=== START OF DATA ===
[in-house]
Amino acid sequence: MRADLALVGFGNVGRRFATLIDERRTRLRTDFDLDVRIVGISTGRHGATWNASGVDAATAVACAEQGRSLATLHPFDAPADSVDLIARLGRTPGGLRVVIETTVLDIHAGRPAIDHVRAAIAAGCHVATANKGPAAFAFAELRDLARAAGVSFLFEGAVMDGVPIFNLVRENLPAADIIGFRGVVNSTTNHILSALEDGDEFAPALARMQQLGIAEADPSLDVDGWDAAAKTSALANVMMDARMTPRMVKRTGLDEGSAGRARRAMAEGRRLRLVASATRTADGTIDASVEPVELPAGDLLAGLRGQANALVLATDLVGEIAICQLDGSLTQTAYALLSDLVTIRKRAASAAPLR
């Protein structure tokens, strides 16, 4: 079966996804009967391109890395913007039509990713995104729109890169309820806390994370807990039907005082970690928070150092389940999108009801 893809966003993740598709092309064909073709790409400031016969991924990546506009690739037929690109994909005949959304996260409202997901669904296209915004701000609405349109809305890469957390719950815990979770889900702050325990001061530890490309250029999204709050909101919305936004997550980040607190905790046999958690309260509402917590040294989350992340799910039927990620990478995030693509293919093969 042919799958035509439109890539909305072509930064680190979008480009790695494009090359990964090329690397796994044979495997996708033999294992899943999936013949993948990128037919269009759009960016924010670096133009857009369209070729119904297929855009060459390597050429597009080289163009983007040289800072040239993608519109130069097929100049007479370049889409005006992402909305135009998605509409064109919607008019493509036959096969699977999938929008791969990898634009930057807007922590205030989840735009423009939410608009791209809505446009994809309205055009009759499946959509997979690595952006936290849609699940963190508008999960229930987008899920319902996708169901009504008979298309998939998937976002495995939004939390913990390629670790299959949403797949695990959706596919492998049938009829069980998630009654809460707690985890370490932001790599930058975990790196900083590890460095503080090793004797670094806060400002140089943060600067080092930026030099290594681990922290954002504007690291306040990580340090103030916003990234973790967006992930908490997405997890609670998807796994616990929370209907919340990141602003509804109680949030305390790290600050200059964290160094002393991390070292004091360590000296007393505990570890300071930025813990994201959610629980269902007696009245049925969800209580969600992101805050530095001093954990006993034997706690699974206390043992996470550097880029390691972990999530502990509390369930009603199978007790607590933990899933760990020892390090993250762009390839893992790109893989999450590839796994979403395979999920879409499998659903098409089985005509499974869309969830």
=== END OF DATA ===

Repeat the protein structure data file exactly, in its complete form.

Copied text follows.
[in-house]
Amino acid sequence: MRADLALVGFGNVGRRFATLIDERRTRLRTDFDLDVRIVGISTGRHGATWNASGVDAATAVACAEQGRSLATLHPFDAPADSVDLIARLGRTPGGLRVVIETTVLDIHAGRPAIDHVRAAIAAGCHVATANKGPAAFAFAELRDLARAAGVSFLFEGAVMDGVPIFNLVRENLPAADIIGFRGVVNSTTNHILSALEDGDEFAPALARMQQLGIAEADPSLDVDGWDAAAKTSALANVMMDARMTPRMVKRTGLDEGSAGRARRAMAEGRRLRLVASATRTADGTIDASVEPVELPAGDLLAGLRGQANALVLATDLVGEIAICQLDGSLTQTAYALLSDLVTIRKRAASAAPLR
């Protein structure tokens, strides 16, 4: 079966996804009967391109890395913007039509990713995104729109890169309820806390994370807990039907005082970690928070150092389940999108009801 893809966003993740598709092309064909073709790409400031016969991924990546506009690739037929690109994909005949959304996260409202997901669904296209915004701000609405349109809305890469957390719950815990979770889900702050325990001061530890490309250029999204709050909101919305936004997550980040607190905790046999958690309260509402917590040294989350992340799910039927990620990478995030693509293919093969 042919799958035509439109890539909305072509930064680190979008480009790695494009090359990964090329690397796994044979495997996708033999294992899943999936013949993948990128037919269009759009960016924010670096133009857009369209070729119904297929855009060459390597050429597009080289163009983007040289800072040239993608519109130069097929100049007479370049889409005006992402909305135009998605509409064109919607008019493509036959096969699977999938929008791969990898634009930057807007922590205030989840735009423009939410608009791209809505446009994809309205055009009759499946959509997979690595952006936290849609699940963190508008999960229930987008899920319902996708169901009504008979298309998939998937976002495995939004939390913990390629670790299959949403797949695990959706596919492998049938009829069980998630009654809460707690985890370490932001790599930058975990790196900083590890460095503080090793004797670094806060400002140089943060600067080092930026030099290594681990922290954002504007690291306040990580340090103030916003990234973790967006992930908490997405997890609670998807796994616990929370209907919340990141602003509804109680949030305390790290600050200059964290160094002393991390070292004091360590000296007393505990570890300071930025813990994201959610629980269902007696009245049925969800209580969600992101805050530095001093954990006993034997706690699974206390043992996470550097880029390691972990999530502990509390369930009603199978007790607590933990899933760990020892390090993250762009390839893992790109893989999450590839796994979403395979999920879409499998659903098409089985005509499974869309969830």